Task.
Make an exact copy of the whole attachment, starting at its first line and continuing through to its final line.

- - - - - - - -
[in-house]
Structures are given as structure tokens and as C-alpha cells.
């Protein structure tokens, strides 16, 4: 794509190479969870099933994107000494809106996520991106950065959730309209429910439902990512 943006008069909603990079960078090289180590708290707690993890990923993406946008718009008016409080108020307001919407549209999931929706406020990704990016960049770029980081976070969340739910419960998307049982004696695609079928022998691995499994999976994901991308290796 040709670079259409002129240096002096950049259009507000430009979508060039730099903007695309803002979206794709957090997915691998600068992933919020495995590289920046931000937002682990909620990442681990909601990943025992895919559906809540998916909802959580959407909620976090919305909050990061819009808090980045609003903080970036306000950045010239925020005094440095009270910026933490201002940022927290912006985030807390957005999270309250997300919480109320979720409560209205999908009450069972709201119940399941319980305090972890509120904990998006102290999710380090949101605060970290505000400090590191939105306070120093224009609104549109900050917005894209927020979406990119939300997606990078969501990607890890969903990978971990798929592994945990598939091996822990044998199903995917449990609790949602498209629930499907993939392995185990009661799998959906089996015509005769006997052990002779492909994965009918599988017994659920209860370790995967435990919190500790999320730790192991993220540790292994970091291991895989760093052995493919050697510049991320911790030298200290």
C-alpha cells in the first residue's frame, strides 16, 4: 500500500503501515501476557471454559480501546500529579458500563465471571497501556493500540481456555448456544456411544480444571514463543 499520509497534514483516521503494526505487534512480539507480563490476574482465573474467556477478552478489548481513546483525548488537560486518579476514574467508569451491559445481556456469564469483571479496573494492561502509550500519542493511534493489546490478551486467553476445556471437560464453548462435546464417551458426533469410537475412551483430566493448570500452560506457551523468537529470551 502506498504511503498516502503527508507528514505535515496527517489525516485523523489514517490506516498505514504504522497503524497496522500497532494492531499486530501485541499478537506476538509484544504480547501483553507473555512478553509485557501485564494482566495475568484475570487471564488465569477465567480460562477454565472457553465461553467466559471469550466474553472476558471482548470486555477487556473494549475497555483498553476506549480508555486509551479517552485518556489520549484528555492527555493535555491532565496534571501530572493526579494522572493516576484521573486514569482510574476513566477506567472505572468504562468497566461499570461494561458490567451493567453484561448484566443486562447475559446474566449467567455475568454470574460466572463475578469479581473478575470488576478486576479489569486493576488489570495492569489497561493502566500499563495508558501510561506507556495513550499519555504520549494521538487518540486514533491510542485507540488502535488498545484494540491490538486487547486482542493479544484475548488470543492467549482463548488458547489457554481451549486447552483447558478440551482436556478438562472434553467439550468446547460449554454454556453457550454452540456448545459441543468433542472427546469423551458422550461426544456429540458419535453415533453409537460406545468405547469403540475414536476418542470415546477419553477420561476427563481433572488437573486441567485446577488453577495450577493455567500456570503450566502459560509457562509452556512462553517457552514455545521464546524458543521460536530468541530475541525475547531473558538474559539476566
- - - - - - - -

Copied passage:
[in-house]
Structures are given as structure tokens and as C-alpha cells.
């Protein structure tokens, strides 16, 4: 794509190479969870099933994107000494809106996520991106950065959730309209429910439902990512 943006008069909603990079960078090289180590708290707690993890990923993406946008718009008016409080108020307001919407549209999931929706406020990704990016960049770029980081976070969340739910419960998307049982004696695609079928022998691995499994999976994901991308290796 040709670079259409002129240096002096950049259009507000430009979508060039730099903007695309803002979206794709957090997915691998600068992933919020495995590289920046931000937002682990909620990442681990909601990943025992895919559906809540998916909802959580959407909620976090919305909050990061819009808090980045609003903080970036306000950045010239925020005094440095009270910026933490201002940022927290912006985030807390957005999270309250997300919480109320979720409560209205999908009450069972709201119940399941319980305090972890509120904990998006102290999710380090949101605060970290505000400090590191939105306070120093224009609104549109900050917005894209927020979406990119939300997606990078969501990607890890969903990978971990798929592994945990598939091996822990044998199903995917449990609790949602498209629930499907993939392995185990009661799998959906089996015509005769006997052990002779492909994965009918599988017994659920209860370790995967435990919190500790999320730790192991993220540790292994970091291991895989760093052995493919050697510049991320911790030298200290």
C-alpha cells in the first residue's frame, strides 16, 4: 500500500503501515501476557471454559480501546500529579458500563465471571497501556493500540481456555448456544456411544480444571514463543 499520509497534514483516521503494526505487534512480539507480563490476574482465573474467556477478552478489548481513546483525548488537560486518579476514574467508569451491559445481556456469564469483571479496573494492561502509550500519542493511534493489546490478551486467553476445556471437560464453548462435546464417551458426533469410537475412551483430566493448570500452560506457551523468537529470551 502506498504511503498516502503527508507528514505535515496527517489525516485523523489514517490506516498505514504504522497503524497496522500497532494492531499486530501485541499478537506476538509484544504480547501483553507473555512478553509485557501485564494482566495475568484475570487471564488465569477465567480460562477454565472457553465461553467466559471469550466474553472476558471482548470486555477487556473494549475497555483498553476506549480508555486509551479517552485518556489520549484528555492527555493535555491532565496534571501530572493526579494522572493516576484521573486514569482510574476513566477506567472505572468504562468497566461499570461494561458490567451493567453484561448484566443486562447475559446474566449467567455475568454470574460466572463475578469479581473478575470488576478486576479489569486493576488489570495492569489497561493502566500499563495508558501510561506507556495513550499519555504520549494521538487518540486514533491510542485507540488502535488498545484494540491490538486487547486482542493479544484475548488470543492467549482463548488458547489457554481451549486447552483447558478440551482436556478438562472434553467439550468446547460449554454454556453457550454452540456448545459441543468433542472427546469423551458422550461426544456429540458419535453415533453409537460406545468405547469403540475414536476418542470415546477419553477420561476427563481433572488437573486441567485446577488453577495450577493455567500456570503450566502459560509457562509452556512462553517457552514455545521464546524458543521460536530468541530475541525475547531473558538474559539476566